BITING - He seems to LOVE biting clothes and hair. I say "ow"/"ouch"/"Owwwww", but he only understands about 50% of the time. Is there a way to stop him biting/liking to bite clothing? Or is this just a phase and keep doing the "ouch" technique?

    CHEWING - He isn't chewing his kong as much as he is licking it and rolling it to get the kibble out. He got super frustrated when I have him his lunch in a frozen kong, and I worried it would turn him off the chewing train, so I went back to non-frozen kibbles. Any insight into this?

    GUARDING? - Right from day 1, after a chase the toy type game, he takes his toys into a corner of the pen or into his crate and chews on it. He doesn't mind at all when you go in and take it away. In one play session he can end up with all his toys in the crate.. He doesn't guard his food. But this behaviour seems a bit odd to me.. Should we be concerned and intervene? Does this mean he isn't going to like to retrieve?! We WANT him to love playing fetch (who doesn't?!).

    BATHING - He loves the bath! What I did: I started him very slow by just playing in the bathroom and treating (with kibble). A couple hours later went back and I sat in the tub with him on the floor, and fed him kibbles. Next, had him in the tub with me, played with toys and fed kibbles. Next day, I repeated all of the above in one session and then I left tub and placed him in the tub with already about a cm of water. We played with toys and lured him towards the water. He was doing well, so I turned on the tap and kept playing and feeding. Couple hours later, I filled the tub with about 2 inches water and placed him it in. He was a bit confused, but we distracted him with kibbles and lots of vocal encouragement. No soap used yet, but hand spooned water onto his back while my husband played and fed kibble. He started to get anxious so I jumped into tub with him. He calmed down once sitting in my lap and being fed kibbles. Kept spooning water until he was sitting calmly for a moment. Took him out and celebrated with a fun play and towel dry. Next day I filled up the tub couple inches, got him inside, played, turned on the shower head and began showering him gently. He was happy to eat kibbles one by one slowly. I used soap on his back legs only (so as to not overwhelm him). Once rinsed we had another towel play celebration. Its been a couple days and when he comes into the bathroom, he jumps up on tub so as to get in!! Hope this gives some insight into getting puppy to love bath time!! Hoping to phase out so many kibbles, since he had his entire dinner/lunch each time.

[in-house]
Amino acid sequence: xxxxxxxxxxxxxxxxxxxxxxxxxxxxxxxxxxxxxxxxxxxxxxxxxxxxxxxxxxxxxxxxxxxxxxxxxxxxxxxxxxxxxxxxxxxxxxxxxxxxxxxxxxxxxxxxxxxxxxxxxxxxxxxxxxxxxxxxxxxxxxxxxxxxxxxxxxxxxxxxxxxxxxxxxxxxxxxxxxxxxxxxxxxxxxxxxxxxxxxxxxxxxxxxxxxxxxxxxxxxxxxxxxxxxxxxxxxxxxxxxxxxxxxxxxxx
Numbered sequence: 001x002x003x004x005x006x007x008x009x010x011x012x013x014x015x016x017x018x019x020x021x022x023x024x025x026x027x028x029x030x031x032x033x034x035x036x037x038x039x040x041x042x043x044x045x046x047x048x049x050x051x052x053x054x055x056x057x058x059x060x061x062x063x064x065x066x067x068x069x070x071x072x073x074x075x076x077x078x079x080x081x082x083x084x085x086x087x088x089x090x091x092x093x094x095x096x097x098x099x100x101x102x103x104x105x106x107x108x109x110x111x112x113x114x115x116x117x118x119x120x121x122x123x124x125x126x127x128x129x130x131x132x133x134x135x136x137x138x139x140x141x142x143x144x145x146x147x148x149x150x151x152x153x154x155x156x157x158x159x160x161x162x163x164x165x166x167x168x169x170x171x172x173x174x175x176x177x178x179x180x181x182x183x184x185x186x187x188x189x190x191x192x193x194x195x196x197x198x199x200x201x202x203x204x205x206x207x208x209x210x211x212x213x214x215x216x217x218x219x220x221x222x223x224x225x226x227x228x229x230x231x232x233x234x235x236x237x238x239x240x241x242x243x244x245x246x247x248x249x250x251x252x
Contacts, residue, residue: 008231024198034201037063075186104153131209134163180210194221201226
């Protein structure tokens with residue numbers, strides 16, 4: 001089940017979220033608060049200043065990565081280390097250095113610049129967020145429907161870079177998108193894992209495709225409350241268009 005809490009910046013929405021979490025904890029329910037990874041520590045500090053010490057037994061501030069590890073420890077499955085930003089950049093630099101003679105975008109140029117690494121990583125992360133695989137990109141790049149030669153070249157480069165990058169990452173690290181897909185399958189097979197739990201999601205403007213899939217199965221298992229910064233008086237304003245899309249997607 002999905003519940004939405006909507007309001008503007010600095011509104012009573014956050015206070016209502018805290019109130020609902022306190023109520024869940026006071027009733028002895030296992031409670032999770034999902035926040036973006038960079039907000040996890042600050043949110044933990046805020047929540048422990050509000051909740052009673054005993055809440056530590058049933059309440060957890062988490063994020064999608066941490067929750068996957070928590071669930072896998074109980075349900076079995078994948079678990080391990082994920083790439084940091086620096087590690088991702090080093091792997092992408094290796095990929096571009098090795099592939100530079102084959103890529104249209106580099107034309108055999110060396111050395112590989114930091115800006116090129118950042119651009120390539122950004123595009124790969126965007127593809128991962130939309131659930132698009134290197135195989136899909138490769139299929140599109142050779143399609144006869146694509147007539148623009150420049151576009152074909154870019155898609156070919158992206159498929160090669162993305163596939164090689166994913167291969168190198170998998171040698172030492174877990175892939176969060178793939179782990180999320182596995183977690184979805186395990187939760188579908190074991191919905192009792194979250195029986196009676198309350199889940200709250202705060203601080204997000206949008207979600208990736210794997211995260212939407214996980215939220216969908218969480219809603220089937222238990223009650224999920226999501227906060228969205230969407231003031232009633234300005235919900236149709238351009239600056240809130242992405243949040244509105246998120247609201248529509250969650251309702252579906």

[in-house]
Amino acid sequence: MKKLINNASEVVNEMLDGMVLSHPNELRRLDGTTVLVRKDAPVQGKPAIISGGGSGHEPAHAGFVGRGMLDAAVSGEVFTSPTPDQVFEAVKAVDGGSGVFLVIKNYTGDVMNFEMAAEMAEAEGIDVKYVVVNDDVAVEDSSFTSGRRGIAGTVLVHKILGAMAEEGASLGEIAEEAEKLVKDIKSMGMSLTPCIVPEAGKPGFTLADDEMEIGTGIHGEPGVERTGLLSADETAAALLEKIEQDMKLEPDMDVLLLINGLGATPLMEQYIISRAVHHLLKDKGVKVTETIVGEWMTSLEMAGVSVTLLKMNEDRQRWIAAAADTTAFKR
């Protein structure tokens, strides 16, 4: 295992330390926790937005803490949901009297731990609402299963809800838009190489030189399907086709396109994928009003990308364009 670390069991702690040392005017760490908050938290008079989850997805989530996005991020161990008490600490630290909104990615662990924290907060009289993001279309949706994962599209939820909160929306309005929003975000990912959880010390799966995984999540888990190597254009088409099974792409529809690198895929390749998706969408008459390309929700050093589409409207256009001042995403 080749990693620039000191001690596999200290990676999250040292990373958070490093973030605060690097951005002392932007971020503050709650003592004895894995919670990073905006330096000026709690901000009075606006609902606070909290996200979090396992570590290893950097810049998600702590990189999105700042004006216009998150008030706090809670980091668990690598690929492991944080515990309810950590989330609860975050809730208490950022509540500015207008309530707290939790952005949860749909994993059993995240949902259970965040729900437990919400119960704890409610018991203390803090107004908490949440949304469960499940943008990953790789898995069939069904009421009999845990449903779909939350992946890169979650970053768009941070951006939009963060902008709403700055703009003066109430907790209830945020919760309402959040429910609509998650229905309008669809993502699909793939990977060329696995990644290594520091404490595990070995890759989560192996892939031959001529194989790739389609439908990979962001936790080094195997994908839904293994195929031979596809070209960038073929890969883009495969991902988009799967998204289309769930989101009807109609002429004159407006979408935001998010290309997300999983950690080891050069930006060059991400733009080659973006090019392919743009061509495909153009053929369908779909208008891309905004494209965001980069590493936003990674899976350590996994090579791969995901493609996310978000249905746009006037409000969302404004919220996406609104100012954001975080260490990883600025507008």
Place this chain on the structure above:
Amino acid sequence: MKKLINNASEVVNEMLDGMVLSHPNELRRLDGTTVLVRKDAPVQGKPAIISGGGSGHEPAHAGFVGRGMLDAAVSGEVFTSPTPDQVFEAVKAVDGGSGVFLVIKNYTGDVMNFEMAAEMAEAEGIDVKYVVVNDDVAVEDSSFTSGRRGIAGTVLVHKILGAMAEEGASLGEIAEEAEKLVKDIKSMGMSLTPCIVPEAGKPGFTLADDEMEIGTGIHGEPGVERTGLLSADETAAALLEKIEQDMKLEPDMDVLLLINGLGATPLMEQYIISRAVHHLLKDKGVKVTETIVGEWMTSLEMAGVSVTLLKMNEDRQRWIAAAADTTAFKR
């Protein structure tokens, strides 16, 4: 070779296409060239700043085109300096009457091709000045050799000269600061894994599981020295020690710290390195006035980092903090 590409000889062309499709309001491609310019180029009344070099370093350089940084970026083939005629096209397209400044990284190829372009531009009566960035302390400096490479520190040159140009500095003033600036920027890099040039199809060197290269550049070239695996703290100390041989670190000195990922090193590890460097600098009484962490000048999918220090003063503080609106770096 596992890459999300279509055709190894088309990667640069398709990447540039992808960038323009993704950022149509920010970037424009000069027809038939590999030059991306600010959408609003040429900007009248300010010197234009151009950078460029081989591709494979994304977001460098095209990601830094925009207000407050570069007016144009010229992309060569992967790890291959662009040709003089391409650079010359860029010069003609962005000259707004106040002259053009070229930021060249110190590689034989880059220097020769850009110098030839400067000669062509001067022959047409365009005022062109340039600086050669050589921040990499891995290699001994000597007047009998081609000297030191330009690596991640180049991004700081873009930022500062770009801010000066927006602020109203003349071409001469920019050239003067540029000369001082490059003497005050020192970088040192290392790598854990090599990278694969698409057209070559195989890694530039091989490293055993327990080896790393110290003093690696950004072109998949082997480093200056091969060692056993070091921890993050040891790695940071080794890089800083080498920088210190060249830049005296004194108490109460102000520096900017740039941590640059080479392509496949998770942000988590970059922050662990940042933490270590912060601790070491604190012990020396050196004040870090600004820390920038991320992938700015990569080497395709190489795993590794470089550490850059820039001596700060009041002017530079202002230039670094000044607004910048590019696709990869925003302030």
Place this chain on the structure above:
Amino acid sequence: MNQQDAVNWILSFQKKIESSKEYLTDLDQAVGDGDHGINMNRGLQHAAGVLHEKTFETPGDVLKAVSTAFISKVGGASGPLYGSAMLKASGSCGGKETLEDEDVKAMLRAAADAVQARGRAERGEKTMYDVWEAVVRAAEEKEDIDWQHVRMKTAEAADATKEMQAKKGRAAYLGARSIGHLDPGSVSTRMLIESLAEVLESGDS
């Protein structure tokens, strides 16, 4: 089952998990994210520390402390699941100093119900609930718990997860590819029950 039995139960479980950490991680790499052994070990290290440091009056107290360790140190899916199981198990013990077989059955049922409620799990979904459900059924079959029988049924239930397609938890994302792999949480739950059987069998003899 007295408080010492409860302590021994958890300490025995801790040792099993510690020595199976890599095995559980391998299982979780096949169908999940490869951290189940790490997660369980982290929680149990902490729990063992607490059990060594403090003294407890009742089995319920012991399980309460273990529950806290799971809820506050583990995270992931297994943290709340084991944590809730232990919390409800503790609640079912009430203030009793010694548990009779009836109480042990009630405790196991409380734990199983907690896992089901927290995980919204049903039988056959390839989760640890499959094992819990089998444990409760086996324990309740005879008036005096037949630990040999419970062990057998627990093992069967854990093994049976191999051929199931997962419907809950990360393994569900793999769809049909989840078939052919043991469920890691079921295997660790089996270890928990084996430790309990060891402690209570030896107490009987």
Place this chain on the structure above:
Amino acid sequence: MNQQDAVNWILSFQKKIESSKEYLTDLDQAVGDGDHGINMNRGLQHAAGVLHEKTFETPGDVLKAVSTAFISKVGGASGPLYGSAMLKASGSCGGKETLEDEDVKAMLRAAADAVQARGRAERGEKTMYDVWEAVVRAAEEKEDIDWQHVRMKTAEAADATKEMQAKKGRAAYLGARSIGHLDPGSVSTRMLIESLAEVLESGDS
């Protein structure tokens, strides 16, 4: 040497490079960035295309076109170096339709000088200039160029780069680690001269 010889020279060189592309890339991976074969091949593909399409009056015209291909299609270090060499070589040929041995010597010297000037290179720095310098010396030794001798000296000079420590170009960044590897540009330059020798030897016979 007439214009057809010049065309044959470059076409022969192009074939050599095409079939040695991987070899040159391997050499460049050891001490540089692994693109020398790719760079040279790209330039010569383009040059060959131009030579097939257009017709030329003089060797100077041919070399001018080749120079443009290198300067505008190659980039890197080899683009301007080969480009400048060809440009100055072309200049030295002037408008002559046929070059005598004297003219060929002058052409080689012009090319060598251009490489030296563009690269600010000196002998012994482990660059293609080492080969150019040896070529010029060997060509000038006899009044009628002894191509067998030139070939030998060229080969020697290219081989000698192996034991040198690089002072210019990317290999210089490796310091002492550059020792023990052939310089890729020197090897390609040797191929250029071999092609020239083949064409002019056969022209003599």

Thanks for reading!!! :)

  2. MontesMum

    MontesMum Registered Users

    Oct 21, 2019
    Hiya! Firstly Nelson is a fabulous Labrador name